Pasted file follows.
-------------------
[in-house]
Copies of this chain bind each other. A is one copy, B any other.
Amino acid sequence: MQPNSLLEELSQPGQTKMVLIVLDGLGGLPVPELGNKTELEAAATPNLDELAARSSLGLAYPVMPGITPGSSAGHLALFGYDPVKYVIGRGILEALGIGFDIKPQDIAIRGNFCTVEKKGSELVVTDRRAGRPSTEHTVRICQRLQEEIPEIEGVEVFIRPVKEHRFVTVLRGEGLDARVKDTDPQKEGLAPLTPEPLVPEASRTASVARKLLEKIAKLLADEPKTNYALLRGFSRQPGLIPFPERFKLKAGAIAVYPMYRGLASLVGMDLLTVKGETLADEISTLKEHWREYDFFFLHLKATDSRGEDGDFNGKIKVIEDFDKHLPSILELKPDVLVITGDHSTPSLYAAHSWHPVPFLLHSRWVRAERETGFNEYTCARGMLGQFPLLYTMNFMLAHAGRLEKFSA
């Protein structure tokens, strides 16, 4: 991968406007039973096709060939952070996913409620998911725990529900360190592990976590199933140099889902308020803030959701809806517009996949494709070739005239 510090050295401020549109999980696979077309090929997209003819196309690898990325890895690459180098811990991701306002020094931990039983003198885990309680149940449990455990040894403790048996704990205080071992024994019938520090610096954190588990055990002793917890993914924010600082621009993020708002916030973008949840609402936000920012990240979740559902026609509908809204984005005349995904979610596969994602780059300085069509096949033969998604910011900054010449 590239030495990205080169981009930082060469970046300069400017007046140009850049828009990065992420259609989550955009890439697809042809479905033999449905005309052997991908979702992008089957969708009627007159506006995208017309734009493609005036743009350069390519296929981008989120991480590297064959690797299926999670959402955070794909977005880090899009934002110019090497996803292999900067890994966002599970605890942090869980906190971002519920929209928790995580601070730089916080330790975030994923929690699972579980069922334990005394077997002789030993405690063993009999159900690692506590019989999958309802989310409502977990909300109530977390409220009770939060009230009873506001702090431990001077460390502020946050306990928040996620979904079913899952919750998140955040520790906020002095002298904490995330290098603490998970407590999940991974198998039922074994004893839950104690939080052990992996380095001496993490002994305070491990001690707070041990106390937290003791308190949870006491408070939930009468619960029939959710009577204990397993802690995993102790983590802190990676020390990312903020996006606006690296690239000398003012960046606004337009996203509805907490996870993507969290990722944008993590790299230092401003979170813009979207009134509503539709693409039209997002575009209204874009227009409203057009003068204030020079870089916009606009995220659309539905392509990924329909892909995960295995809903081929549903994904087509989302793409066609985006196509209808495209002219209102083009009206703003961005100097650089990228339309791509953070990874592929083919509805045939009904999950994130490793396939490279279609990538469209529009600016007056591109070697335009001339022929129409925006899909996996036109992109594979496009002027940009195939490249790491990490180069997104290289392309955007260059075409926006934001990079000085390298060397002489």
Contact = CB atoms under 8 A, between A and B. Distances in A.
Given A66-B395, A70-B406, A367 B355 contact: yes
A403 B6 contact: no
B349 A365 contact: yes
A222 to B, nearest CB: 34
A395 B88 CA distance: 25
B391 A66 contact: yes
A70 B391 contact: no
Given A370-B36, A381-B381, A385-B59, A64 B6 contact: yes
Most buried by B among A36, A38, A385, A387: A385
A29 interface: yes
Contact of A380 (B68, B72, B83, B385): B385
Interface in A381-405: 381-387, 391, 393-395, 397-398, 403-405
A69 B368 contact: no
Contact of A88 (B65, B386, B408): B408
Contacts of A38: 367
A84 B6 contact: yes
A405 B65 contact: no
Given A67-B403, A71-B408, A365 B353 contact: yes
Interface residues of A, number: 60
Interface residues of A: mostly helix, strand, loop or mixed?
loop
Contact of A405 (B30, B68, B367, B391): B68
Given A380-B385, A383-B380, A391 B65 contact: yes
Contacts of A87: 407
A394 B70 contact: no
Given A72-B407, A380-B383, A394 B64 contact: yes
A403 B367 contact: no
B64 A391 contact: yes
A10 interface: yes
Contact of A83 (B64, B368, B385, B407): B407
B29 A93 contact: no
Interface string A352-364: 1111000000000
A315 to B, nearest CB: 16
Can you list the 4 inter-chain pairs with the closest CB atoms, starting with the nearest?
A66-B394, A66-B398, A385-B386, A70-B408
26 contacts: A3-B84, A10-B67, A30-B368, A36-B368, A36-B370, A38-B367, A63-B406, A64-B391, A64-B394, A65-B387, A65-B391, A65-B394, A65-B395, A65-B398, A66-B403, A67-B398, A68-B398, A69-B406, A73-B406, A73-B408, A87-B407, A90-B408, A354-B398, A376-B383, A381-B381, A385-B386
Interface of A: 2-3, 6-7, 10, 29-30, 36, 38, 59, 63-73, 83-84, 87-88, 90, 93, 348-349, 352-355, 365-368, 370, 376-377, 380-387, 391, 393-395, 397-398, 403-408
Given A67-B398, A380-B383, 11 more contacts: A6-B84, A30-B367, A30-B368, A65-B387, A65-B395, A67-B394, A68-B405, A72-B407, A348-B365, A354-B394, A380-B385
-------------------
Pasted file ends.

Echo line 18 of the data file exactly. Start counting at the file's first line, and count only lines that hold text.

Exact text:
A69 B368 contact: no